|Publication number||US5671609 A|
|Application number||US 08/700,733|
|Publication date||Sep 30, 1997|
|Filing date||Aug 15, 1996|
|Priority date||Aug 15, 1996|
|Publication number||08700733, 700733, US 5671609 A, US 5671609A, US-A-5671609, US5671609 A, US5671609A|
|Original Assignee||Lionetti; Nicola|
|Export Citation||BiBTeX, EndNote, RefMan|
|Patent Citations (10), Referenced by (28), Classifications (19), Legal Events (4)|
|External Links: USPTO, USPTO Assignment, Espacenet|
This invention relates to the cold-storage and controlled ripening of fruit, such as bananas and the like; more particularly to a portable trailer of standard shape and size that is modified to accomplish such storage and ripening.
It is known that the storage of bananas and similar fresh produce requires a carefully controlled environment, particularly with respect to temperature. It is necessary that all of the stored fruit remain at the same temperature so that all fruit ripens evenly and at the same time. Merely placing pallets of fruit in a cool room will not achieve this because fruit in the center of the pallet will be warmer than fruit near the cold air at the edge. Therefore, without proper cooling air circulation, the interior fruit will ripen first (perhaps even to the point of spoiling) while the "exterior" fruit remains green.
Fixed rooms are available wherein cooled pressurized air is drawn through pallets of boxed fruit. Insofar as the fruit boxes have breathing holes, nearly each piece of fruit is directly contacted by cooling air.
In this manner, fruit throughout an entire pallet, or assembly of pallets, can be kept at the same temperature and allowed to ripen together at a natural pace (hereinafter "ripening"). Should it be desired to hasten ripening (hereinafter "initiated ripening"), the temperature of all fruit can be raised artificially at the same time. Ethylene can be selectively added to the circulating air to further facilitate initiated ripening at the chosen time.
A problem with the exiting art with respect to refrigerated rooms built into buildings is that such rooms are expensive, and permanently take up considerable space in a warehouse or the like. There is a need for temporary fruit storage space, which can be increased and decreased in size, depending on the season and other requirements of the user. A need exists for such space which can be temporarily placed outside a warehouse, such as in a parking lot and which can be transported to alternate locations as desired. Furthermore, such a need exists for equipment which can initiate ripening, as well as allow natural ripening.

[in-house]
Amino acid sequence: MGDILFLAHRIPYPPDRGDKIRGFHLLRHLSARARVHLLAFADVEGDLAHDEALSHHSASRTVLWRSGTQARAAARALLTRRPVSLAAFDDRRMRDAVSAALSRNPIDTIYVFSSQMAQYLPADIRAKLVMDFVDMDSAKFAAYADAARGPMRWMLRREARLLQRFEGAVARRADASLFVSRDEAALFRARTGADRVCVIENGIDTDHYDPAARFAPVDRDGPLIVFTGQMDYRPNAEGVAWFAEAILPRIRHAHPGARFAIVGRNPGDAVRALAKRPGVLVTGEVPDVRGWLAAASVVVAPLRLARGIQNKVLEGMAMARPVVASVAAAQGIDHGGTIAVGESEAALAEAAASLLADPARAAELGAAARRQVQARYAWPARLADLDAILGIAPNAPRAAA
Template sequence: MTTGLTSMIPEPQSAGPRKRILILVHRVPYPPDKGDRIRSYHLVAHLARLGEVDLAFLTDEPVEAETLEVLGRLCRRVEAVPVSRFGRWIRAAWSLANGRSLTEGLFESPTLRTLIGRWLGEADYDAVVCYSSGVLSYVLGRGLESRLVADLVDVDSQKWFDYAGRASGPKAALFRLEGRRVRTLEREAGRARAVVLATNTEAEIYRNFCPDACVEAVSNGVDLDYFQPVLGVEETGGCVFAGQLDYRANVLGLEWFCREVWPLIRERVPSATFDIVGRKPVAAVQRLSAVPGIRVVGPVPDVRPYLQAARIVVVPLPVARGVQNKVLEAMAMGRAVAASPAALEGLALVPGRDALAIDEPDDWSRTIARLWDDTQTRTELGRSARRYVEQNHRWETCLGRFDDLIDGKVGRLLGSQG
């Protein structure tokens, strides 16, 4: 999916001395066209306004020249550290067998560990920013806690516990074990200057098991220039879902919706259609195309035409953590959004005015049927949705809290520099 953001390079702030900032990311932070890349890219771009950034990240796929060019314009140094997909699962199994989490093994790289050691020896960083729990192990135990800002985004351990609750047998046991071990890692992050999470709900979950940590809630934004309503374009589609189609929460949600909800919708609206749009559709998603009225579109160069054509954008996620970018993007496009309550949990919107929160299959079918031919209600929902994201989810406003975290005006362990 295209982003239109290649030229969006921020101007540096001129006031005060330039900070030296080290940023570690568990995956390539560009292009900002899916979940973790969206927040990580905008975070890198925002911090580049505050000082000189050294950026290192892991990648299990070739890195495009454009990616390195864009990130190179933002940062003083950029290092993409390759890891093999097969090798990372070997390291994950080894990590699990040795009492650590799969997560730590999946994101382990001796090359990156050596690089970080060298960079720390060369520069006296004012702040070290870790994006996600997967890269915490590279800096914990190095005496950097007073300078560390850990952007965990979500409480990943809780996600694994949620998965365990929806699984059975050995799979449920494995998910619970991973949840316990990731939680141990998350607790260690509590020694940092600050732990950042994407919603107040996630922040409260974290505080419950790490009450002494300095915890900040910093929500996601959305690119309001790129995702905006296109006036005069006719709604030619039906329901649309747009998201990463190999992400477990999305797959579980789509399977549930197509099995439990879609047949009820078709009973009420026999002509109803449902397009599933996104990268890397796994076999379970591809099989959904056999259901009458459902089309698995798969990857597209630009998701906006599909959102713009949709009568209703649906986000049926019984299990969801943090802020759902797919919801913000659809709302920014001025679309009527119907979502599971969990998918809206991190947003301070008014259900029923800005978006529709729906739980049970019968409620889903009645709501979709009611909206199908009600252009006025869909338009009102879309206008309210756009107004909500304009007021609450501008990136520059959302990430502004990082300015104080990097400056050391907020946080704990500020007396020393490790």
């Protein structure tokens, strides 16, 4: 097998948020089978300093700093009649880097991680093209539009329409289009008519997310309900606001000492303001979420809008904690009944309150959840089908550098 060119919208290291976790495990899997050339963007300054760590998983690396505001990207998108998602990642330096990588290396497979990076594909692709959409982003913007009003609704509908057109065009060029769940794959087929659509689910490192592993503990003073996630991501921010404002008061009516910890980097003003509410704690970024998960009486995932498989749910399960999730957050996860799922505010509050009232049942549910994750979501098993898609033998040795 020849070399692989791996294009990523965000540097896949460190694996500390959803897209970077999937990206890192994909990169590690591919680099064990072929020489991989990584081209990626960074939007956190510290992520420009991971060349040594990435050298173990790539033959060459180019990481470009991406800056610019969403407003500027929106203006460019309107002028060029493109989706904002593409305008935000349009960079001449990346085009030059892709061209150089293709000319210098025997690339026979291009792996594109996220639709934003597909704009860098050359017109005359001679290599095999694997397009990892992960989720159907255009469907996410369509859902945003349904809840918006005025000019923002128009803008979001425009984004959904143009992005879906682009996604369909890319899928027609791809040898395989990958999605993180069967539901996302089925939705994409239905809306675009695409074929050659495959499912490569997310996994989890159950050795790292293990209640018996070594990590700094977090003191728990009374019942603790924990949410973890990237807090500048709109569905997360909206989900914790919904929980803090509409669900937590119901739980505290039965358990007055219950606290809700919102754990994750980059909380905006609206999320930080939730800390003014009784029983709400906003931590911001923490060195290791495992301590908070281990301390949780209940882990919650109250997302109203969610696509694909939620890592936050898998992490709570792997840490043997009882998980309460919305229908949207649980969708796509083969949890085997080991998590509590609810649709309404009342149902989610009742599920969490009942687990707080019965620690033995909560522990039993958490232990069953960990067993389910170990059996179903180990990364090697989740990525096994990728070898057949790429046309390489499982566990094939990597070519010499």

Prior developments in this field may be generally illustrated by reference to the following information disclosure statement:
______________________________________U.S. Pat. No. Patentee Issue Date______________________________________5,028,443 W. Wade Jul. 2, 19915,460,841 R. Herdeman Oct. 24, 19953,620,765 G. McDonnell Nov. 16, 19714,598,555 R. Windecker Jul. 8, 19862,524,664 J. Henderson et al. Oct. 3, 19504,934,255 G. McDonnell Jun. 19, 19904,532,774 D. Burns Aug. 6, 19854,474,020 C. Freeman Oct. 2, 1984______________________________________
U.S. Pat. Nos. 5,028,443, 5,460,841 and 3,620,765 teach portable units used to ripen fruit using ethylene and/or controlled temperature.
U.S. Pat. No. 5,028,443 teaches a self-contained modular unit for a single stack of fruit boxes loaded on a pallet. U.S. Pat. No. 5,460,841 shows a modified shipping container in which various gas concentrations are used to effect controlled ripening. Air circulation means within the container are not taught therein. In fact, the inventor states that the means of providing the controlled atmosphere is not critical to the invention.
U.S. Pat. No. 3,620,765 teaches a method of providing for the processes of initiated ripening, ripening, cooling and stabilized temperature. The treatment process takes place in a container placed within a building. The method of air handling requires two additional chambers when compared with the teachings of the present invention. This consumes space unnecessarily. There is no provision for floor mounted rollers for loading and unloading.
U.S. Pat. No. 4,598,555 teaches a portable gas cooler designed to provide cooled gas to containers of fresh harvested vegetation at a remote site. This patent does not teach methods for initiated ripening and ripening.
U.S. Pat. No. 2,524,664 teaches a trailer with a built-in roller system in the floor of the trailer to aid in moving freight.